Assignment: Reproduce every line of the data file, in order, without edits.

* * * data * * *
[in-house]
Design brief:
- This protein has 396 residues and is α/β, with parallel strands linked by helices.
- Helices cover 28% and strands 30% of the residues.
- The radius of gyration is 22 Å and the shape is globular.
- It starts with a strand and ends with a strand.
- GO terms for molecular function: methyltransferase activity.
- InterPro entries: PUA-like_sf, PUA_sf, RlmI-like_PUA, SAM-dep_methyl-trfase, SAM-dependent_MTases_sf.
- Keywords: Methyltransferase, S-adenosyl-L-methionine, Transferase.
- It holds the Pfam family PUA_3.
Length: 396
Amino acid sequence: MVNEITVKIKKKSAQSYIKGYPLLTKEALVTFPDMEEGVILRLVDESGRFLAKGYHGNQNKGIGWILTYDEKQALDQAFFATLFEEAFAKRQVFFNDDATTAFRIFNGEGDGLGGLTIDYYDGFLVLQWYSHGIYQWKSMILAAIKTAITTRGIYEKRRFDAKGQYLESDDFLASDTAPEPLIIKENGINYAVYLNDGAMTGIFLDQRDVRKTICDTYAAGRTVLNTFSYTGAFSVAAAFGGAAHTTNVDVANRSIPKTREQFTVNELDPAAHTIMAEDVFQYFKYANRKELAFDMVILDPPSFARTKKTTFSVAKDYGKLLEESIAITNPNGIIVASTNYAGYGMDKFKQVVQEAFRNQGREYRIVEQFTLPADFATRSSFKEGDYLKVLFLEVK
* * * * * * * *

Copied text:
[in-house]
Design brief:
- This protein has 396 residues and is α/β, with parallel strands linked by helices.
- Helices cover 28% and strands 30% of the residues.
- The radius of gyration is 22 Å and the shape is globular.
- It starts with a strand and ends with a strand.
- GO terms for molecular function: methyltransferase activity.
- InterPro entries: PUA-like_sf, PUA_sf, RlmI-like_PUA, SAM-dep_methyl-trfase, SAM-dependent_MTases_sf.
- Keywords: Methyltransferase, S-adenosyl-L-methionine, Transferase.
- It holds the Pfam family PUA_3.
Length: 396
Amino acid sequence: MVNEITVKIKKKSAQSYIKGYPLLTKEALVTFPDMEEGVILRLVDESGRFLAKGYHGNQNKGIGWILTYDEKQALDQAFFATLFEEAFAKRQVFFNDDATTAFRIFNGEGDGLGGLTIDYYDGFLVLQWYSHGIYQWKSMILAAIKTAITTRGIYEKRRFDAKGQYLESDDFLASDTAPEPLIIKENGINYAVYLNDGAMTGIFLDQRDVRKTICDTYAAGRTVLNTFSYTGAFSVAAAFGGAAHTTNVDVANRSIPKTREQFTVNELDPAAHTIMAEDVFQYFKYANRKELAFDMVILDPPSFARTKKTTFSVAKDYGKLLEESIAITNPNGIIVASTNYAGYGMDKFKQVVQEAFRNQGREYRIVEQFTLPADFATRSSFKEGDYLKVLFLEVK